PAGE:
The FDA’s Invisible Graveyard During the Pandemic


Courtesy of the Food and Drug Administration

The FDA must approve every drug for wide use in the United States.

Andrew Ceonzo, Staff Writer

The current US drug approval process handicaps our ability to respond to pandemics. As the Operation Warp Speed demonstrated, modern pharmaceutical companies can rapidly develop products to fight novel pathogens. Yet even when these firms have products doctors and patients are ready to use, the current FDA regulatory regime unnecessarily delays patient access, leading to preventable deaths.

Economist Alex Tabarrok refers to these preventable deaths as the “invisible graveyard.” When someone dies of COVID-19, they are laid to rest in a physical graveyard. If a drug would have saved them but they were blocked from taking it doing so by the current approval process, then they are also a victim of the “invisible graveyard.”

The case of Pfizer’s antiviral drug, Paxlovid, is instructive. Pfizer released interim results on Nov. 5, concluding Paxlovid is 89 percent effective at reducing hospitalization or death in high-risk individuals. In fact, it was so effective that the FDA ended the study because giving more patients a placebo would be unethical.

Yet, the FDA did not issue an Emergency Use Authorization for the pills until Dec. 22, 48 days after the study was paused. Thus, while the FDA determined it was unethical to deny patients in the study the drug, it continued to block every American from accessing the 65,000 available doses for another six weeks. That delay likely cost thousands of lives and added to the toll of the “invisible graveyard.”

Similarly, both Pfizer and Moderna released interim findings for their vaccines in November of 2020, but authorization and administration of the first doses were delayed for approximately six more weeks.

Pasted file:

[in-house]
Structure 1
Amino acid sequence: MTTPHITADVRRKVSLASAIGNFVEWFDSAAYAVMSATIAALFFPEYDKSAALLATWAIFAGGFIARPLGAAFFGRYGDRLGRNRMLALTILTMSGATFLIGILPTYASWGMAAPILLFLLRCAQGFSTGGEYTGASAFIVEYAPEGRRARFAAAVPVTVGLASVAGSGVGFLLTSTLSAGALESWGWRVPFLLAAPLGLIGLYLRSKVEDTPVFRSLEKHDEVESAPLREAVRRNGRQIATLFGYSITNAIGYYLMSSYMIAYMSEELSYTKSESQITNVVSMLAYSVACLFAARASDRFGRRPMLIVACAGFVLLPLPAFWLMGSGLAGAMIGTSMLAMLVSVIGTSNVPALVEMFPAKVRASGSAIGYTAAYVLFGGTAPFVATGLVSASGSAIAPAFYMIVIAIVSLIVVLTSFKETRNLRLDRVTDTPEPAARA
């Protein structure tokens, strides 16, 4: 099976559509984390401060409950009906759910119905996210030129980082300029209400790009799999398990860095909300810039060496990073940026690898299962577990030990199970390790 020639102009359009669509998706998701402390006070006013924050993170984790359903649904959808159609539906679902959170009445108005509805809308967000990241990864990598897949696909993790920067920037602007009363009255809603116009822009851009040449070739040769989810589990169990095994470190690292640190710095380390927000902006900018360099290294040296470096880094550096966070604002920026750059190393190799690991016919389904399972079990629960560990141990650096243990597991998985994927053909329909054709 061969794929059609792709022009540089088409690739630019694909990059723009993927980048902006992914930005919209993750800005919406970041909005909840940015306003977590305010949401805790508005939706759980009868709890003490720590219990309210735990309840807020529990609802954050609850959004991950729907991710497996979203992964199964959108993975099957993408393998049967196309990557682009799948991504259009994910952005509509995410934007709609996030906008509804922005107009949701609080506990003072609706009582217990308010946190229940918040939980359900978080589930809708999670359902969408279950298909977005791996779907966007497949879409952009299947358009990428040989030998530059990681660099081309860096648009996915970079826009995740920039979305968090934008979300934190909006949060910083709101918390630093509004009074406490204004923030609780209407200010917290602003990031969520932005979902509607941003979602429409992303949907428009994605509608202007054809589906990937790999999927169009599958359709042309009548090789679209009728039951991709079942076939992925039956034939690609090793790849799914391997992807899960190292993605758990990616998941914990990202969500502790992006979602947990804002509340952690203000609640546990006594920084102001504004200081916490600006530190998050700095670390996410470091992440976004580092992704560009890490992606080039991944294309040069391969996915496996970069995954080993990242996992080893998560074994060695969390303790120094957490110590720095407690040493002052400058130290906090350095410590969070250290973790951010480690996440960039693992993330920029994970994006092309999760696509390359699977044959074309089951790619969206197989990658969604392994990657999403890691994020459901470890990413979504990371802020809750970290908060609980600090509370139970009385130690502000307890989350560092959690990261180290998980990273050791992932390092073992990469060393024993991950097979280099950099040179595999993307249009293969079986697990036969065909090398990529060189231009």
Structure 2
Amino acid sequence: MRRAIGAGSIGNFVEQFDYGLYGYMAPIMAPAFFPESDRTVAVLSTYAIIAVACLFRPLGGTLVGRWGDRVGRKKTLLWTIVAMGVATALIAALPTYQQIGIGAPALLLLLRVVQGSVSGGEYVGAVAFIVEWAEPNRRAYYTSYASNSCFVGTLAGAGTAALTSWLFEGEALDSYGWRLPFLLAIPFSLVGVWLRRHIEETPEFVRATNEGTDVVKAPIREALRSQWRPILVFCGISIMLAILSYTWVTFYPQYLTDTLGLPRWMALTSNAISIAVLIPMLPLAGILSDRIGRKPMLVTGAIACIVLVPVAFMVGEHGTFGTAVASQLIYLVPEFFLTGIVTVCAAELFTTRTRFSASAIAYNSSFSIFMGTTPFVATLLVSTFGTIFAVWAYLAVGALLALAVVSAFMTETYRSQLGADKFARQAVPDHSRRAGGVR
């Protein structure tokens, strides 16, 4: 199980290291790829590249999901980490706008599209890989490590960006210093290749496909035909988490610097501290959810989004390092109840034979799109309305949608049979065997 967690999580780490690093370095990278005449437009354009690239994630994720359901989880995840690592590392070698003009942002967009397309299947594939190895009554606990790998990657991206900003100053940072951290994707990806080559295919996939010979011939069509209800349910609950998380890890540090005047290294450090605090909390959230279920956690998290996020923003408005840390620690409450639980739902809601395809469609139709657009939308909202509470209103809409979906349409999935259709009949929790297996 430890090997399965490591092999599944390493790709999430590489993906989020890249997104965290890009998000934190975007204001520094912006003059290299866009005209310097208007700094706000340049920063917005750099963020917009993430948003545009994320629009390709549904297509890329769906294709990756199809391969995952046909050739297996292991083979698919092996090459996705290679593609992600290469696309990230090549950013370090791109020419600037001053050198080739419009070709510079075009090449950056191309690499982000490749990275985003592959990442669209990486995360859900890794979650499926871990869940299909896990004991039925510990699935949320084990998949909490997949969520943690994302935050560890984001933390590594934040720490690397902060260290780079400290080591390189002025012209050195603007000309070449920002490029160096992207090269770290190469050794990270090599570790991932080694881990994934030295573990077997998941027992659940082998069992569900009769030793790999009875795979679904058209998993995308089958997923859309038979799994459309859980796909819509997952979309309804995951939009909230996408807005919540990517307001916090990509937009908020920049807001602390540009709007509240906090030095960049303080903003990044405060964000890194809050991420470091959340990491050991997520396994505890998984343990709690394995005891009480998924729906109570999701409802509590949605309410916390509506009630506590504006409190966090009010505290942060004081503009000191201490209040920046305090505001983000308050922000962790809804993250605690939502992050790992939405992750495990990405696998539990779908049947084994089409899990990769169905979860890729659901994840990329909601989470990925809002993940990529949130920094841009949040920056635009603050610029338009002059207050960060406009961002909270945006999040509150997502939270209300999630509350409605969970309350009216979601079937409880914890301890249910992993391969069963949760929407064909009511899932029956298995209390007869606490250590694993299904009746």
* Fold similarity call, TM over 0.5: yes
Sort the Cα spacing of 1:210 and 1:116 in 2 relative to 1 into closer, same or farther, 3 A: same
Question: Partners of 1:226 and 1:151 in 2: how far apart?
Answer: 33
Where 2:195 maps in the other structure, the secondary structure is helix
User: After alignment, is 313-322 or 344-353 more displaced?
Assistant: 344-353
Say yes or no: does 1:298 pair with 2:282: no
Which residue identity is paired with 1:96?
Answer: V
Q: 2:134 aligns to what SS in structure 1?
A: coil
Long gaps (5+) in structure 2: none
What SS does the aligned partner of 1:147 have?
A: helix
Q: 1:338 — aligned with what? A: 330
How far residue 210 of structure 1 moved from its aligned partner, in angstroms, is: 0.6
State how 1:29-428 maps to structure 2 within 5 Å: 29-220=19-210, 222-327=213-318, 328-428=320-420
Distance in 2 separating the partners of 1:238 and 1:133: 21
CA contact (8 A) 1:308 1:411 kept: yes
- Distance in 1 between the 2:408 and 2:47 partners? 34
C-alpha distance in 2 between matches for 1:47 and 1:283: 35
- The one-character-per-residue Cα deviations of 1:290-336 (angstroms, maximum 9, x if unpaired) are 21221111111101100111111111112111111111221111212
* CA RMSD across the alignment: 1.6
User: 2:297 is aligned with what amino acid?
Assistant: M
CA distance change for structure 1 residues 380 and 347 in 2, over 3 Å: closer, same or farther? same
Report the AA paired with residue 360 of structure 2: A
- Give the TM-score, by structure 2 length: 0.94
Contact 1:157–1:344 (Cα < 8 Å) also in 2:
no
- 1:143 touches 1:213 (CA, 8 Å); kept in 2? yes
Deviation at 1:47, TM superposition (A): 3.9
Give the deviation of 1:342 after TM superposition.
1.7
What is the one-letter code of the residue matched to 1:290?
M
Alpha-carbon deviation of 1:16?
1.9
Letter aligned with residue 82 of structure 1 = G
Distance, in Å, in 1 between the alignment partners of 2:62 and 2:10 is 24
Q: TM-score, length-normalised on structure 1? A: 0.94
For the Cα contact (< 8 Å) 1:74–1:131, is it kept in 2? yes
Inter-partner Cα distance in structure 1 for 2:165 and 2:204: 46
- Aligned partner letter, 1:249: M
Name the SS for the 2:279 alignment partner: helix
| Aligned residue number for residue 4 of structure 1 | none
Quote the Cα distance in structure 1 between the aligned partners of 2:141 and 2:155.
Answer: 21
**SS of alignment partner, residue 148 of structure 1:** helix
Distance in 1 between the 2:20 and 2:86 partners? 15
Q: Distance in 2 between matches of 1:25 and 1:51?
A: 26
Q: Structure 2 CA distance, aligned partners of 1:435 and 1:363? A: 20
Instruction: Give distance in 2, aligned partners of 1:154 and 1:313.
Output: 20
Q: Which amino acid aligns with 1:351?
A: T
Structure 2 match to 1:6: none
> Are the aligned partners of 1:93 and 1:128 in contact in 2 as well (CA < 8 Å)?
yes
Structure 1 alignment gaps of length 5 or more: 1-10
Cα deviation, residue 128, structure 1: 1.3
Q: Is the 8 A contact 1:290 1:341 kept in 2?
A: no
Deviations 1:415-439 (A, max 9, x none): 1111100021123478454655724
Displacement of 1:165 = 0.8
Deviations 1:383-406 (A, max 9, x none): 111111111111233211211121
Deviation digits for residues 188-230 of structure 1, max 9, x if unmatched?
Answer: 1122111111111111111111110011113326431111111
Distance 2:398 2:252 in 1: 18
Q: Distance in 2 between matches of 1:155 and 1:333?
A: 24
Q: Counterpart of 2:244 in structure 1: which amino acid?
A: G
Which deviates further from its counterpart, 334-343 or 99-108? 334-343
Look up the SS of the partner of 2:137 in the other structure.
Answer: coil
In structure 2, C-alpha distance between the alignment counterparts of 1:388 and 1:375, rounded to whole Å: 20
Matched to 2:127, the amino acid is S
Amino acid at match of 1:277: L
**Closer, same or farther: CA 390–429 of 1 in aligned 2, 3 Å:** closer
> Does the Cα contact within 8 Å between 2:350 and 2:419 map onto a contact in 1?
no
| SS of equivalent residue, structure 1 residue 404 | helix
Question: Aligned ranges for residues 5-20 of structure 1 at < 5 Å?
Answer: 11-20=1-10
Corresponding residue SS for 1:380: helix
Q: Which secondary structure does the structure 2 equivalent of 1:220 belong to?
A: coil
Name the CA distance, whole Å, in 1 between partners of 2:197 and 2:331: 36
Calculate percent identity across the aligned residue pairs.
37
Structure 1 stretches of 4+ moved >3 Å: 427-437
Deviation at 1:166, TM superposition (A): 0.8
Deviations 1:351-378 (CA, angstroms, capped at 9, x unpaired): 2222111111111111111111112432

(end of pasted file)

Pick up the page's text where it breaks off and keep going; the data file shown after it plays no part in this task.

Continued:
Asked by Brent Borrell for The Atlantic about how many lives this unnecessary FDA delay might have cost, Claus Kadelka, an Iowa State mathematician, estimated that an earlier vaccine rollout to just nursing homes would have saved between 6,000 and 10,000 lives.

The current system’s rationale is that the FDA’s onerous approval process reassures the public of a drug’s safety and efficacy, guarding against dangerous drugs and snake-oil salesmen. However, millions of Americans’ continued reluctance to take the vaccines demonstrates that skepticism of safety remains even after a drug clears the FDA’s overburdensome gauntlet.

By blocking access for everyone until it issues an EUA, the FDA prioritizes attempts to persuade skeptics over benefits to those who would accept the risks and take the potentially life-saving drugs before it grants final clearance.

Lawmakers should create a pathway during public health emergencies for patients and doctors to access potentially life-saving treatments as soon as clinical studies indicate their basic safety before the laborious approval process. The best way to do this would be to allow preliminary use with an explicit warning that the FDA cannot guarantee its complete safety and efficacy at that time.

In fact, such a pathway currently exists: compassionate use. Unfortunately, gaining permission for compassionate use is also extremely burdensome. Compassionate use should generally be expanded, but at a minimum lawmakers should allow for a streamlined compassionate use process during a pandemic so that it can be used on a more widespread basis.

Under this new system, some people would be hesitant to use a product without FDA approval and later uptake might be slower. That’s fine. They can “wait and see” the traditional EUA. But patients and doctors willing to accept the uncertainty of preliminary data in the face of a novel pandemic virus should not be stopped by sclerotic Washington bureaucracy.

More than 830,000 Americans have died in the coronavirus pandemic. We could not have prevented all their deaths, but many for whom treatments arrived unnecessarily late could have been saved.

There will be a next pandemic, and when it reaches America’s shores, we should have a legal pathway to release life-saving drugs from regulatory purgatory so that fewer of our fellow citizens are laid to rest in the FDA’s “invisible graveyard.”